January 19, 2018 | By: HUILENG TAN –
A year after President Donald Trump took office, the United States’ trade deficit with China looms larger than ever.
Although both countries calculate the gap differently, the latest data from Beijing indicates a trade differential at a record high of $275.81 billion in 2017. That figure does not bode well for bilateral relations, which many expect to take a turn for the worse in 2018 after a year of relative inaction from Trump.
“The prevailing view in Washington now is that, this year, he is determined to bite somebody, and China is the most likely target,” William Reinsch, the former president of the National Foreign Trade Council, told CNBC.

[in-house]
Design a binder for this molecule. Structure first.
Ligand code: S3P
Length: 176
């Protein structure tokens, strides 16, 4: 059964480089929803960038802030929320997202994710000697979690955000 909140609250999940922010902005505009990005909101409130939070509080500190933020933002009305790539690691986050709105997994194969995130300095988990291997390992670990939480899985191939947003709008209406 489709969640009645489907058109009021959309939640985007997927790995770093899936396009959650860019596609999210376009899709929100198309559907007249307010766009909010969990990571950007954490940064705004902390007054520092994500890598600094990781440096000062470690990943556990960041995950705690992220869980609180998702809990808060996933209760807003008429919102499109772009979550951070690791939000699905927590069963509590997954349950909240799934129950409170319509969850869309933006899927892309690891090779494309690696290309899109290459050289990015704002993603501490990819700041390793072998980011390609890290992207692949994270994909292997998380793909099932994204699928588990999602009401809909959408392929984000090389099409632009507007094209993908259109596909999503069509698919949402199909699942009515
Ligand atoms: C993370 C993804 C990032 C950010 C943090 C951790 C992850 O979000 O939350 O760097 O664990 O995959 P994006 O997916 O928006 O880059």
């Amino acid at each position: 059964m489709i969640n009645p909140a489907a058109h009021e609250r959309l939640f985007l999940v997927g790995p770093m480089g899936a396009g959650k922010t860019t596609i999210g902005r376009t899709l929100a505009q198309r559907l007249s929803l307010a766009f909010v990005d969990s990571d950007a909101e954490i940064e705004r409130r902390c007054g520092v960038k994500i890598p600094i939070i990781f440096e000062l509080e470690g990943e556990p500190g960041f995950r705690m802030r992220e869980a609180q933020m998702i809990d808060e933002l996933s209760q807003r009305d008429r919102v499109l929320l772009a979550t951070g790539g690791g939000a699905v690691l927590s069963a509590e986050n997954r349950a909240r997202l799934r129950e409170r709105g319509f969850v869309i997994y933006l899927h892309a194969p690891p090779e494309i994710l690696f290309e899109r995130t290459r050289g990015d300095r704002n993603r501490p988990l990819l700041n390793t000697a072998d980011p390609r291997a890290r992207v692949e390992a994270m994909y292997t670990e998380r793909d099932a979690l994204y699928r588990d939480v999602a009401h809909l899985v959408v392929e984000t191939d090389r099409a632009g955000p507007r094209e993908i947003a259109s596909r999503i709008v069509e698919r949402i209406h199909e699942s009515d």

Experts in China are also widely expecting trade tensions to ratchet up.
Tu Guangshao, vice chairman and president of China Investment Corporation said he expects “trade friction,” but not a “serious trade war,” between the two major economies.
“The basic premise is that China-U.S. trade is not just benefits China, but in fact benefits the U.S. as well,” Tu told delegates at The Asian Financial Forum on Monday, according to transcriptions of his comments.
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